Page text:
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Visitor Activities

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  • Sailing and Motorboating

    With prior approval by the USFWS, privately owned vessels are permitted access to the atoll for up to 7 days to see and enjoy the natural resources of the refuge. A maximum of 2 vessels are allowed at one time and up to 6 yachts may visit in a month. Private vessels must have U.S. Coast Guard (USCG) approved holding tanks for sewage and an appropriate and current USCG inspection certificate. Additional precautions include the need for visiting yachts and ships to have clean hulls free of fouling organisms prior to entering the reefs and West Lagoon at Palmyra.

     

  • Fishing

    Recreational bonefishing is conducted at Palmyra on a catch-and-release basis with artificial flies and barbless hooks. A total of eight anglers are allowed in the lagoons at one time, with no more than 2 fishing outings permitted per day. Catch rates are monitored through daily logs and tagging studies in order to assure sustainable fishery conditions. 

     

    The offshore sport fishing program at Palmyra allows visitors access to pelagic game-fish, including tuna (ahi), wahoo (ono), and mahi-mahi. Fishing is limited to 8 people per trip, with no more than 2 boats at a time, with up to 3 trips per day. Fishing logs are required for each trip. Only pelagic species are permitted to be kept for on-island consumption.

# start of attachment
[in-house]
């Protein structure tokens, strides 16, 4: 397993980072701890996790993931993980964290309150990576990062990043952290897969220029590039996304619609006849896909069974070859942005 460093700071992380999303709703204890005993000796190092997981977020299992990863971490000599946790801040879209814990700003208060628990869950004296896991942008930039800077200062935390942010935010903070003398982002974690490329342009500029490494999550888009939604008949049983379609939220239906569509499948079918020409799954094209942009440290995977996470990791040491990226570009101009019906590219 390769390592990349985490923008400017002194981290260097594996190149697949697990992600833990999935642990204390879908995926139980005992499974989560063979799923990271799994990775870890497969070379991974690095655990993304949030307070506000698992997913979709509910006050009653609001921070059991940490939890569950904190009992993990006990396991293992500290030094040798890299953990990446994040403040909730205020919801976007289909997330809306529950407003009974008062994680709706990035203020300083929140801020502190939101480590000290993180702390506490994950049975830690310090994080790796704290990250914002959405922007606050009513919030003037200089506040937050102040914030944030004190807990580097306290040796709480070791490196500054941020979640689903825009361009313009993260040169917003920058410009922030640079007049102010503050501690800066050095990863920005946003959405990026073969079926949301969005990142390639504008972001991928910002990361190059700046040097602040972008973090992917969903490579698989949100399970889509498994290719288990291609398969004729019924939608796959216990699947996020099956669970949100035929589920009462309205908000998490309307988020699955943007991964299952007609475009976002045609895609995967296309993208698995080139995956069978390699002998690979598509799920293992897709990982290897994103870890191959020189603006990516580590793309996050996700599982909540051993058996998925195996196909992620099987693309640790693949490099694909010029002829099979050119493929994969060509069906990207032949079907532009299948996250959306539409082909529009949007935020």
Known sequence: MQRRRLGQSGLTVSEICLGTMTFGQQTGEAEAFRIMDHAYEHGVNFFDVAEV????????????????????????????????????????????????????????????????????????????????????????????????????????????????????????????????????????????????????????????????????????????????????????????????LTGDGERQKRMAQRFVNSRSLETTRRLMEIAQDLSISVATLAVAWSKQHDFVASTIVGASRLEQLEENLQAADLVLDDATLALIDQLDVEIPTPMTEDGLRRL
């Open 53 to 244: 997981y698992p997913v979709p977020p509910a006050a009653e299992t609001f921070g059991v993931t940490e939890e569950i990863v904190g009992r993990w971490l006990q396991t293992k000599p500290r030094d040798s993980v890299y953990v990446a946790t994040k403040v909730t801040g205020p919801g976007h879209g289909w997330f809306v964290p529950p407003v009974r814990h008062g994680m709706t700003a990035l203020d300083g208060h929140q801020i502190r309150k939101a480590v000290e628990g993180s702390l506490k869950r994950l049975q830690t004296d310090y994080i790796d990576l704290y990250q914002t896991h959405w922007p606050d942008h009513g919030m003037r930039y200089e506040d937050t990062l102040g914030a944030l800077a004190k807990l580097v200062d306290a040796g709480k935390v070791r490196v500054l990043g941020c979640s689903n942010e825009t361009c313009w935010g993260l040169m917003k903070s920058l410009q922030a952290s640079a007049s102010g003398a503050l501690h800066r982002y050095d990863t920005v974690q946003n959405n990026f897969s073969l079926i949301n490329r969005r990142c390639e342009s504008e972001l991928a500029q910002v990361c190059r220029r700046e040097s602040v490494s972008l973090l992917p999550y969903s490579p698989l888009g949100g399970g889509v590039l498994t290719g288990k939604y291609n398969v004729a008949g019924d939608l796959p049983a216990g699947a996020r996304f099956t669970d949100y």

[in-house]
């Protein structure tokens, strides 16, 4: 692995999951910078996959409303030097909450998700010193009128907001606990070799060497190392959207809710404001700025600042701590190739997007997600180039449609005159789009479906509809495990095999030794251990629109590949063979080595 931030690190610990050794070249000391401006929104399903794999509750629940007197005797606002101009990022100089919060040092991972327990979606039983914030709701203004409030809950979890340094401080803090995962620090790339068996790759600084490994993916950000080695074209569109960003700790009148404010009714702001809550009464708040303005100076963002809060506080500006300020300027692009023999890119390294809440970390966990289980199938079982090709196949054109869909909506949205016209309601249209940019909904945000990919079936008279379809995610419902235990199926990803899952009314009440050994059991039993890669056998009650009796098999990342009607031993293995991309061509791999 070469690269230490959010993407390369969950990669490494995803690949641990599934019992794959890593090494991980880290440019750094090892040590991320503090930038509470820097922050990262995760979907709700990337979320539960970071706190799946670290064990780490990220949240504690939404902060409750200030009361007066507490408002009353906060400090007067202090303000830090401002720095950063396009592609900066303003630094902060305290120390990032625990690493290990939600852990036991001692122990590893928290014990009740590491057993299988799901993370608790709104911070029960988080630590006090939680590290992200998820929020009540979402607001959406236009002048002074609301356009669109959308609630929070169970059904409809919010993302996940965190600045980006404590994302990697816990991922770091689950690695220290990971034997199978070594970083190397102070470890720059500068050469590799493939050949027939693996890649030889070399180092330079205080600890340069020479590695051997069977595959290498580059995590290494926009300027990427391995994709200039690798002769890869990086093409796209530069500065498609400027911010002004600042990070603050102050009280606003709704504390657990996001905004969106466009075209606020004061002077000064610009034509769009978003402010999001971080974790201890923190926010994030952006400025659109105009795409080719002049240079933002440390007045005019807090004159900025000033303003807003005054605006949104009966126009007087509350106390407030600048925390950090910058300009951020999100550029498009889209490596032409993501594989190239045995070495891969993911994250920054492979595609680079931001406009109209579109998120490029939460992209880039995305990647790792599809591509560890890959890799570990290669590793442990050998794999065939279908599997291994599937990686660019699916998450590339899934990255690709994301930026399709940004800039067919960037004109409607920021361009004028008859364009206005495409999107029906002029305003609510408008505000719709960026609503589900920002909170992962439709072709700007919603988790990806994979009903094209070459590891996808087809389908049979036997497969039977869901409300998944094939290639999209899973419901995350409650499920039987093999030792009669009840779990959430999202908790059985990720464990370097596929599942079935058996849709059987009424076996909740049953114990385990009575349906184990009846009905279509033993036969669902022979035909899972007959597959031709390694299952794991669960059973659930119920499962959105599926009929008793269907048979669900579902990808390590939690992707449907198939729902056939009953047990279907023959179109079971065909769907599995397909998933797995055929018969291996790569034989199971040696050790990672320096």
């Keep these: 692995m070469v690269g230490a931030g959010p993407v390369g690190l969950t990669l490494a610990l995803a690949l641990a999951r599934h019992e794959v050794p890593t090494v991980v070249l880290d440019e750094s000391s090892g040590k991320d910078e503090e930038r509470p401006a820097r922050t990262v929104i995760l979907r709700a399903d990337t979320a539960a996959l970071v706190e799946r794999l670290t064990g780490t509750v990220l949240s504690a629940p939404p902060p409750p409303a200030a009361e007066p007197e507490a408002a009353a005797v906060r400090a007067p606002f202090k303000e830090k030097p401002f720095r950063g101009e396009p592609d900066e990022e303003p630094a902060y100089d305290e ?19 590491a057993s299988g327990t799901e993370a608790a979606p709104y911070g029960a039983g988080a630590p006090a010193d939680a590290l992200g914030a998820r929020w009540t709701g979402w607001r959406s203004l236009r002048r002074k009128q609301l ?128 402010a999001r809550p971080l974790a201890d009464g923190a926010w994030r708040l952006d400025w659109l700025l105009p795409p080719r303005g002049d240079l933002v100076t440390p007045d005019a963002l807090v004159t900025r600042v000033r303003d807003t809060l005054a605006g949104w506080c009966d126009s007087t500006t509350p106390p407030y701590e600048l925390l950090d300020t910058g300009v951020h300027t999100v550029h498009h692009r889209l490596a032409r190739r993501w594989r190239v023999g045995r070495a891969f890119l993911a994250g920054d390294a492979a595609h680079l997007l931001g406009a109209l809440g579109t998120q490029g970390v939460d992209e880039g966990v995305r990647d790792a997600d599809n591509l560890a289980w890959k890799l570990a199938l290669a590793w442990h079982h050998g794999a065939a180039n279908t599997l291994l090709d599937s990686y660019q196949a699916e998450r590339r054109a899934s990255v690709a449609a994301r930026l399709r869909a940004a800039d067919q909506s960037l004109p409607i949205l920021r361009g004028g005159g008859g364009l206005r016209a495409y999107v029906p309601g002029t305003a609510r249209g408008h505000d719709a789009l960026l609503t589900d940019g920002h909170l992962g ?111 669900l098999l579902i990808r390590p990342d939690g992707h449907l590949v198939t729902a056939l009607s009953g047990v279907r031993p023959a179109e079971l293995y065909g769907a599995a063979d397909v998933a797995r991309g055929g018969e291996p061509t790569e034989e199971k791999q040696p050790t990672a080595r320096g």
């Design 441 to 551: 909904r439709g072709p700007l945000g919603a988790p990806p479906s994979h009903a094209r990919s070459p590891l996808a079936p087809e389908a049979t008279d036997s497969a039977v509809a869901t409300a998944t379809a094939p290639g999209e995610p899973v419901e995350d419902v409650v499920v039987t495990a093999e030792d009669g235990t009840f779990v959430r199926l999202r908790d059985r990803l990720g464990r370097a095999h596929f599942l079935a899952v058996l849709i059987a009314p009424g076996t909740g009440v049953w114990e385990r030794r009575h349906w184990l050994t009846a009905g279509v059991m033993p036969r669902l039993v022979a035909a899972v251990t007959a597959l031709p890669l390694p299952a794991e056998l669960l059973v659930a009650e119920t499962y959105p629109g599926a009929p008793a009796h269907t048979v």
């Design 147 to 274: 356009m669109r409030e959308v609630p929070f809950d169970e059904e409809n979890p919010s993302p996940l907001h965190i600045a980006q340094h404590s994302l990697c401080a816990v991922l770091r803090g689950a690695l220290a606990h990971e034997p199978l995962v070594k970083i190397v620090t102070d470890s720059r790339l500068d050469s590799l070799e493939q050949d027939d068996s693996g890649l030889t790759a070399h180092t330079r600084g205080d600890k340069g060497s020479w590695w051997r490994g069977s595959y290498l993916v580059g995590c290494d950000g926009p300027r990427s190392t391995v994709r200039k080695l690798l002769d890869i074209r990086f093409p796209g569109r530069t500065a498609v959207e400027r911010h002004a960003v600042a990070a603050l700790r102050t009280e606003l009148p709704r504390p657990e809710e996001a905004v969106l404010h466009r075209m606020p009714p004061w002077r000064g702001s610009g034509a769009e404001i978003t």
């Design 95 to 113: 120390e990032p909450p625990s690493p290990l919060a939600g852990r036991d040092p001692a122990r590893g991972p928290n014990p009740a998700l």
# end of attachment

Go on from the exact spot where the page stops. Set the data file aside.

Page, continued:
No sportfish of any kind are permitted to be shipped off the atoll for any reason. No bottom fish or reef fish are allowed to be targeted, and any that are accidentally caught are to be immediately released. Jacks can be fished on a catch-and-release basis, and none are permitted to be consumed or retained for any reason.
     

  • Wildlife Viewing

    Up to 12 visitors at any one time are allowed to participate in wildlife viewing through recreational diving and snorkeling programs. Two groups of up to 4 divers or snorkelers are allowed per boat at lagoon, channel or ocean reef sites at any given time. An additional 4 snorkelers are allowed using a third small skiff near the lagoon or channel area. Thus, the total capacity is a combination of up to 12 snorkelers and divers.

     

  • Environmental Education

     

    Members of the public are permitted to visit the refuge to participate in environmental education and interpretive hikes, and other self-guided or staff-guided walks, and motorboat or kayak outings on the refuge. Wildlife photography is also a part of this activity. Up to 30 participants at any one time are allowed to participate in refuge environmental education and interpretive programs, including hikers and kayakers. A minimum of one approved guide for each group of hikers and kayakers is required. Groups of hikers or kayakers are not to exceed 10 individuals.

     

  • Photography

    Perhaps the fastest growing activity on national wildlife refuges in the past ten years has been wildlife photography.  That’s not surprising – the digital camera population explosion and cell phones with ever-improving picture-taking abilities are increasing the number of nature photographers at a rapid rate.  You don’t need to purchase expensive equipment or have any experience to get started.  A small camera or basic cell phone will do just fine for most visitors.

    Nearly 12 million people visit outdoor areas each year to photograph wildlife, and national wildlife refuges naturally are at the top of the list.  Refuges provide enhanced opportunities to photograph wildlife in natural habitats by providing platforms, brochures, interpreters, viewing areas, and tour routes.  Wildlife photography is a high-priority activity in the Refuge System.  We welcome beginning and expert photographers alike to record their outdoor adventures on film, memory card or internal hard drive! 

Page Photo Credits — Credit: USFWS
Last Updated: Jun 17, 2013
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